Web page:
After relating the details of English society to the King in Brobdingnag in “Gulliver’s Travels”, the pinnacle of utopian societies and ideals in the text, the King “was perfectly astonished with the historical account I gave him of our affairs during the last century, protesting that it was only a heap of conspiracies, rebellions, murders, massacres, revolutions, banishments, the very worst effects that avarice, faction, hypocrisy, perfidiousness, cruelty, rage, madness, hatred, envy, lust, malice, or other ambition could produce” (2403). Although the laws and edicts of Lilliput might seem similar to those in England (thus same in this utopian King’s eyes) there is no discussion of the lust, malice, cruelty, or hatred that is so prominent in England’s history. As this thesis statement for Gulliver’s Travels is carried through, we see that, n this way, through “Gulliver’s Travels” Swift seems to be suggesting that Lilliput is a viable alternative to English law and the revisions to the law based on a Lilliputian mindset might make the history of England seem less barbarian.
Although the Lilliputians offer a realistic model for making England a better place, there are several aspects of the Houyhnhnms that could be integrated into England as well. Gulliver points out, “Temperance, industry, exercise, and cleanliness are the lesson equally enjoined to the young ones [Houyhnhnms] of both sexes; and my master thought it monstrous in is to give the females a different kind of education from the males, except in some articles of domestic management; whereby, as he truly observed, one half of our natives were good for nothing but to bring creatures into the world, and to trust the care of their children to such useless animals, he said was a greater instance of brutality.”(2462). By seeming appalled at this inequality, the point is clear—the English brutality does not begin or end with law but rather, branches out to all aspects of life. It is worth noting that the Houyhnhnms are presented as mythical beasts, however, while the Lilliputians are just like ordinary men except for their size. This is indicative of Swift’s visions of attainable and realistic utopias because it expresses the thought that only non-humans can achieve a perfect utopia. For human beings, the work toward the goal of a perfect society will be long and might never yield the results of the Houyhnhnms but by integrating new viewpoints, perhaps a utopia is closer than it seems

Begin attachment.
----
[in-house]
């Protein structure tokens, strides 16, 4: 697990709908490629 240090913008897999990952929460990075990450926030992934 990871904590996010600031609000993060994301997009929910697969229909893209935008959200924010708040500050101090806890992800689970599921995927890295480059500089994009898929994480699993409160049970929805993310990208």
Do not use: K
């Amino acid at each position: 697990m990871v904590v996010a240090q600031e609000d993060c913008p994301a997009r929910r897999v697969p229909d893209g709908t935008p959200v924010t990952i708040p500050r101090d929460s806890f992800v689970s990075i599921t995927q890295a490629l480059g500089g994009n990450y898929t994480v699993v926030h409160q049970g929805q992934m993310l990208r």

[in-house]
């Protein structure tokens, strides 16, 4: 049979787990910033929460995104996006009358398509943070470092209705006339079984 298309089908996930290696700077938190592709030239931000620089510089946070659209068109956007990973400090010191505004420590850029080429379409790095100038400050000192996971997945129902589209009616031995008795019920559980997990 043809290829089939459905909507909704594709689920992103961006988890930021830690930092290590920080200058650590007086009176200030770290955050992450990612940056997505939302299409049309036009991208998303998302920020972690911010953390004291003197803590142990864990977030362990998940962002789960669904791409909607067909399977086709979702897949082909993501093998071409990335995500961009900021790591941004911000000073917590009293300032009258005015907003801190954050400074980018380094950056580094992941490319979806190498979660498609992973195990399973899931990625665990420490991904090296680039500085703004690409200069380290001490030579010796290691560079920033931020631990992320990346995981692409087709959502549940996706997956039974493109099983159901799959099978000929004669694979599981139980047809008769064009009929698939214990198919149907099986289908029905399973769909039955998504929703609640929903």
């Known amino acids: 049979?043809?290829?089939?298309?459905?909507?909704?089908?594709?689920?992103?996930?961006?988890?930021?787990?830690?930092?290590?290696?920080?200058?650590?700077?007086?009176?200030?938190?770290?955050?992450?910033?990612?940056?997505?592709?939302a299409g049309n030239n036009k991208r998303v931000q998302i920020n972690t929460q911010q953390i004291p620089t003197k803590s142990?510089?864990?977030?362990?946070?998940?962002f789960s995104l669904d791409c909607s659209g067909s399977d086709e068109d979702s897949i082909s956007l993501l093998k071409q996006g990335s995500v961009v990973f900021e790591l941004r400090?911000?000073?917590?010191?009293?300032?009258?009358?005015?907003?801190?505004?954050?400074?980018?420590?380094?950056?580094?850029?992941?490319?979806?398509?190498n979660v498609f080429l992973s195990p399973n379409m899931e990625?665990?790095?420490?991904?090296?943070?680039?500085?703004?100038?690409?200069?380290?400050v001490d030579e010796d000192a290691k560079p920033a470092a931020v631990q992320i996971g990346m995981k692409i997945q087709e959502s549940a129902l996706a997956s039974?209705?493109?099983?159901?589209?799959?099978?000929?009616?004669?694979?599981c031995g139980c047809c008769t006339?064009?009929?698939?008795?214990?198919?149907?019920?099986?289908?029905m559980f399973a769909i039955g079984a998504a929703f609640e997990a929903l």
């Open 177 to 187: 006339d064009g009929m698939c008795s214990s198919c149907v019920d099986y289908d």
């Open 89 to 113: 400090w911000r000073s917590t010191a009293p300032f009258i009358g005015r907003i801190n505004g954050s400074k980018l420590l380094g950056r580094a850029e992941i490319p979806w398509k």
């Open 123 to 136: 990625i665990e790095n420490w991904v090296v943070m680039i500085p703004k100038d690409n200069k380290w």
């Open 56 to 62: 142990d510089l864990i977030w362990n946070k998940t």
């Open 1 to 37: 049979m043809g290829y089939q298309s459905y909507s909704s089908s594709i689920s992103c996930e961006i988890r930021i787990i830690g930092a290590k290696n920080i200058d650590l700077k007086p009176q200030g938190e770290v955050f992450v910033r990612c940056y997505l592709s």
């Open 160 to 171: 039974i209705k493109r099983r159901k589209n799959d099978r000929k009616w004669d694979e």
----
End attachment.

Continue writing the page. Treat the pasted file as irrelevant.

Other articles and essays in the Literature Archives related to this topic include : Comparison of Use of Irony & Satire in “A Modest Proposal” and “Gulliver’s Travels” • Comparison of The Metamorphosis, Gulliver’s Travels and The Death of Ivan Ilych • Analysis and Short Summary of “A Modest Proposal” by Jonathan Swift • Irony and Social Critique in “A Modest Proposal” and Candide